Yell posts loss after £15m bill for cancelled float

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The Independent Online

Yell, the yellow pages company formerly owned by BT, yesterday admitted that its aborted plan to float on the London stock market had cost it about £15m.

Yell, the yellow pages company formerly owned by BT, yesterday admitted that its aborted plan to float on the London stock market had cost it about £15m.

That charge, along with higher interest payments on borrowings, pushed the company, which BT sold last year to two venture capital houses for £2.1bn, heavily into the red in the first quarter of the year.

The company reported a pre-tax loss of nearly £31m in the three months to 30 June, compared with a profit of £29.3m in the same quarter a year ago.

Interest payments had increased to £57.6m from £10.2m in the quarter, while goodwill amortisation charges had jumped to £23.6m from £7.1m.

John Davis, Yell's chief financial officer said: "At an operating profit level, comparisons with last year need to allow for £15m of administrative exceptional costs relating to our withdrawn flotation and a £17m increase in goodwill amortisation."

On an underlying, or Ebitda, basis, Yell reported a profit of £70.6m, an increase of 29.5 per cent over last year on sales up 28.2 per cent to £248.5m.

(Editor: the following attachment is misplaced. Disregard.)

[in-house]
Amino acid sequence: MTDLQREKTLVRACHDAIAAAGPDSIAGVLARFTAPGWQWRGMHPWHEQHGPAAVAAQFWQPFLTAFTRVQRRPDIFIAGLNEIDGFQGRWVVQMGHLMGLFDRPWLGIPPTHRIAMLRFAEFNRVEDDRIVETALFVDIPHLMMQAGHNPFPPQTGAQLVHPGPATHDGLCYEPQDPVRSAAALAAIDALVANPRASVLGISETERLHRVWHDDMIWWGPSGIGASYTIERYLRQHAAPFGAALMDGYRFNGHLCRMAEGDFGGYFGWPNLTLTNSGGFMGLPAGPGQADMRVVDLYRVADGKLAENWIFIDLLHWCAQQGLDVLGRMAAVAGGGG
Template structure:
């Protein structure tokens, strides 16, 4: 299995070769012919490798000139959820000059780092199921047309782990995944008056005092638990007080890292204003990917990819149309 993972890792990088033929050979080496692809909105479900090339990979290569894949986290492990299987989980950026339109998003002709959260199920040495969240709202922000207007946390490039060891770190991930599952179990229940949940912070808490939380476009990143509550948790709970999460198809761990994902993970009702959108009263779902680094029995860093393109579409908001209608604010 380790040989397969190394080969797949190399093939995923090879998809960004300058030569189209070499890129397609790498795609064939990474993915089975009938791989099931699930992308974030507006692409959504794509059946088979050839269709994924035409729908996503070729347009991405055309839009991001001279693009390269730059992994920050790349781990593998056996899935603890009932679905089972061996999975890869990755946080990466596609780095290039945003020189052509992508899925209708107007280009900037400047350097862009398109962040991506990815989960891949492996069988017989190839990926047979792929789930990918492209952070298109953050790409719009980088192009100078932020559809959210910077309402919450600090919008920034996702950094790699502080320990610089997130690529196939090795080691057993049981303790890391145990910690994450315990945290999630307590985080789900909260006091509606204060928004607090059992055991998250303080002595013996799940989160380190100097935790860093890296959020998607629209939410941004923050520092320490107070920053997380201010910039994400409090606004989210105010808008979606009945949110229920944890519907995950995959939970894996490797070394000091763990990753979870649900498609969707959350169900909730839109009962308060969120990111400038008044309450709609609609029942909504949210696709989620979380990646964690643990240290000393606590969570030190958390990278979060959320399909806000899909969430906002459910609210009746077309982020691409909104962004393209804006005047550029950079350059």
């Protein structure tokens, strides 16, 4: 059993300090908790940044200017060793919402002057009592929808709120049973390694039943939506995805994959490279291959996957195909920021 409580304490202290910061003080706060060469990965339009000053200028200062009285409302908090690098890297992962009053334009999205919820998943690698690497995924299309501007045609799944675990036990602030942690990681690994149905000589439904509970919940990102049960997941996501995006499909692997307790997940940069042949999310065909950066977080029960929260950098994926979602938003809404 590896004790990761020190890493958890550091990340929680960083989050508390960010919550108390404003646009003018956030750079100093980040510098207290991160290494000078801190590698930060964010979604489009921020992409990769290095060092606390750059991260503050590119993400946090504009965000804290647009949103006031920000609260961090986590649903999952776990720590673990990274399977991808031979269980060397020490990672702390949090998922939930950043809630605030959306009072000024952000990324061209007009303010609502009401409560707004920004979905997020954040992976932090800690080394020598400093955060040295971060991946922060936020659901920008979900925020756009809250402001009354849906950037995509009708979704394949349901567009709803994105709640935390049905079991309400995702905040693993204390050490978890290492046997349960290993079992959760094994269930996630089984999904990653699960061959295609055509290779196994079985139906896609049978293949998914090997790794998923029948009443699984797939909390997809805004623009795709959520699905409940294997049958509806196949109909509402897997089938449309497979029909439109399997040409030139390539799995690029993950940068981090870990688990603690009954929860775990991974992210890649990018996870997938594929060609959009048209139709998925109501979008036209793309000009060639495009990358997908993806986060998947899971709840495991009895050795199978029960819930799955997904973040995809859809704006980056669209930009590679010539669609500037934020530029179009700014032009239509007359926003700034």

The figures included the results of McLeod, the US directories business that Yell bought in April for $600m (£395m). Stripping that out, Yell's Ebitda profit grew 13.2 per cent to £61.7m while sales were up 4.2 per cent to £202m.

John Condron, chief executive, said: "These results show the continued good progress of our businesses both in the UK and the US. They also demonstrate the strength of our management over a period when substantial focus was needed on our potential flotation.

The company's yellow pages business in the UK grew sales by 6.3 per cent, fuelled by an increase in the number of advertisers to 130,637 from 125,470.

The UK business, which made an underlying profit of £53m, up 5 per cent, said it would meet its target of getting 100,000 new advertisers this year.

In the US, sales from its Yellow Book operation were up 8.6 per cent, although its Manhattan directory was hit hard by the effects of 11 September.

Mr Condron said: "Yell has a powerful platform to continue delivering improved results. Our operational focus will remain upon growing our customer base through improved products and services and growing our margins through the progressive maturing of our US directories portfolio and securing the revenue and cost benefits of integrating our Yellow Book East and West operations."

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